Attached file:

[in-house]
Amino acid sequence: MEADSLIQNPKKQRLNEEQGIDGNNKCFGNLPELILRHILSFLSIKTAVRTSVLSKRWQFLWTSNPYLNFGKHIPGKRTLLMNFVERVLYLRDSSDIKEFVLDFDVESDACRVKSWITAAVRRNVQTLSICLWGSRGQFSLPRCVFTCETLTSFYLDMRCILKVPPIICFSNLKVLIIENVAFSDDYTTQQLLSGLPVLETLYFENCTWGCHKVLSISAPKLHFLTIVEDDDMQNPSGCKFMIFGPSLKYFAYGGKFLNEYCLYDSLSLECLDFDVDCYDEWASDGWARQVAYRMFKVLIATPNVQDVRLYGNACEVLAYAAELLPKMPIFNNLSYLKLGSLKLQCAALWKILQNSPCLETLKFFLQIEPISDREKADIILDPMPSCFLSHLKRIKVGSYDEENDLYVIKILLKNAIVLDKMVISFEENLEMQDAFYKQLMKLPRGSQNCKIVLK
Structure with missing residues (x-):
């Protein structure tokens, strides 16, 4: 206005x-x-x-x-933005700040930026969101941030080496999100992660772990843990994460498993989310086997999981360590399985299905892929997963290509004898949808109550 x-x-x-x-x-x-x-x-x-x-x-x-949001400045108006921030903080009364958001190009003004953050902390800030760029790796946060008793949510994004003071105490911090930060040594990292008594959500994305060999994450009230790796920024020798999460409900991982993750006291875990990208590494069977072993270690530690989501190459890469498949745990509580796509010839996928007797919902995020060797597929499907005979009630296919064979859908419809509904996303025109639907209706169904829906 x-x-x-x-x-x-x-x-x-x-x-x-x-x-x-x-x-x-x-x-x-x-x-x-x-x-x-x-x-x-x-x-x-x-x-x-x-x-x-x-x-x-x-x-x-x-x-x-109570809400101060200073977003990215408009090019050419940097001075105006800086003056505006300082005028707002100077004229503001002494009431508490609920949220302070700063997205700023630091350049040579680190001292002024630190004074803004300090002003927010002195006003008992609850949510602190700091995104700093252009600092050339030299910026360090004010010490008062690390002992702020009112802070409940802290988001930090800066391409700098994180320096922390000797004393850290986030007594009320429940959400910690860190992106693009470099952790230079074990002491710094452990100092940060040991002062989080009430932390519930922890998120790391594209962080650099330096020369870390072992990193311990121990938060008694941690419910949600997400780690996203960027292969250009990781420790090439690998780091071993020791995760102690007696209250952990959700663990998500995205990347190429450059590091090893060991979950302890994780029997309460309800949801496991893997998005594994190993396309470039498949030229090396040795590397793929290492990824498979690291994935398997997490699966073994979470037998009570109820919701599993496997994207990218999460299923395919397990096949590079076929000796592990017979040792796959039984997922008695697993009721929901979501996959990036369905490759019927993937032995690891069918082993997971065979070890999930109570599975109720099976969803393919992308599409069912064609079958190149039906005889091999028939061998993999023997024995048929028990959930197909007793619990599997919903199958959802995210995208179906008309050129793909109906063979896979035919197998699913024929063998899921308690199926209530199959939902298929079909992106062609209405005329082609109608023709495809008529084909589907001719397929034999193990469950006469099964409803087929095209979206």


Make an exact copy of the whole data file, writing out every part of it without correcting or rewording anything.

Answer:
[in-house]
Amino acid sequence: MEADSLIQNPKKQRLNEEQGIDGNNKCFGNLPELILRHILSFLSIKTAVRTSVLSKRWQFLWTSNPYLNFGKHIPGKRTLLMNFVERVLYLRDSSDIKEFVLDFDVESDACRVKSWITAAVRRNVQTLSICLWGSRGQFSLPRCVFTCETLTSFYLDMRCILKVPPIICFSNLKVLIIENVAFSDDYTTQQLLSGLPVLETLYFENCTWGCHKVLSISAPKLHFLTIVEDDDMQNPSGCKFMIFGPSLKYFAYGGKFLNEYCLYDSLSLECLDFDVDCYDEWASDGWARQVAYRMFKVLIATPNVQDVRLYGNACEVLAYAAELLPKMPIFNNLSYLKLGSLKLQCAALWKILQNSPCLETLKFFLQIEPISDREKADIILDPMPSCFLSHLKRIKVGSYDEENDLYVIKILLKNAIVLDKMVISFEENLEMQDAFYKQLMKLPRGSQNCKIVLK
Structure with missing residues (x-):
């Protein structure tokens, strides 16, 4: 206005x-x-x-x-933005700040930026969101941030080496999100992660772990843990994460498993989310086997999981360590399985299905892929997963290509004898949808109550 x-x-x-x-x-x-x-x-x-x-x-x-949001400045108006921030903080009364958001190009003004953050902390800030760029790796946060008793949510994004003071105490911090930060040594990292008594959500994305060999994450009230790796920024020798999460409900991982993750006291875990990208590494069977072993270690530690989501190459890469498949745990509580796509010839996928007797919902995020060797597929499907005979009630296919064979859908419809509904996303025109639907209706169904829906 x-x-x-x-x-x-x-x-x-x-x-x-x-x-x-x-x-x-x-x-x-x-x-x-x-x-x-x-x-x-x-x-x-x-x-x-x-x-x-x-x-x-x-x-x-x-x-x-109570809400101060200073977003990215408009090019050419940097001075105006800086003056505006300082005028707002100077004229503001002494009431508490609920949220302070700063997205700023630091350049040579680190001292002024630190004074803004300090002003927010002195006003008992609850949510602190700091995104700093252009600092050339030299910026360090004010010490008062690390002992702020009112802070409940802290988001930090800066391409700098994180320096922390000797004393850290986030007594009320429940959400910690860190992106693009470099952790230079074990002491710094452990100092940060040991002062989080009430932390519930922890998120790391594209962080650099330096020369870390072992990193311990121990938060008694941690419910949600997400780690996203960027292969250009990781420790090439690998780091071993020791995760102690007696209250952990959700663990998500995205990347190429450059590091090893060991979950302890994780029997309460309800949801496991893997998005594994190993396309470039498949030229090396040795590397793929290492990824498979690291994935398997997490699966073994979470037998009570109820919701599993496997994207990218999460299923395919397990096949590079076929000796592990017979040792796959039984997922008695697993009721929901979501996959990036369905490759019927993937032995690891069918082993997971065979070890999930109570599975109720099976969803393919992308599409069912064609079958190149039906005889091999028939061998993999023997024995048929028990959930197909007793619990599997919903199958959802995210995208179906008309050129793909109906063979896979035919197998699913024929063998899921308690199926209530199959939902298929079909992106062609209405005329082609109608023709495809008529084909589907001719397929034999193990469950006469099964409803087929095209979206």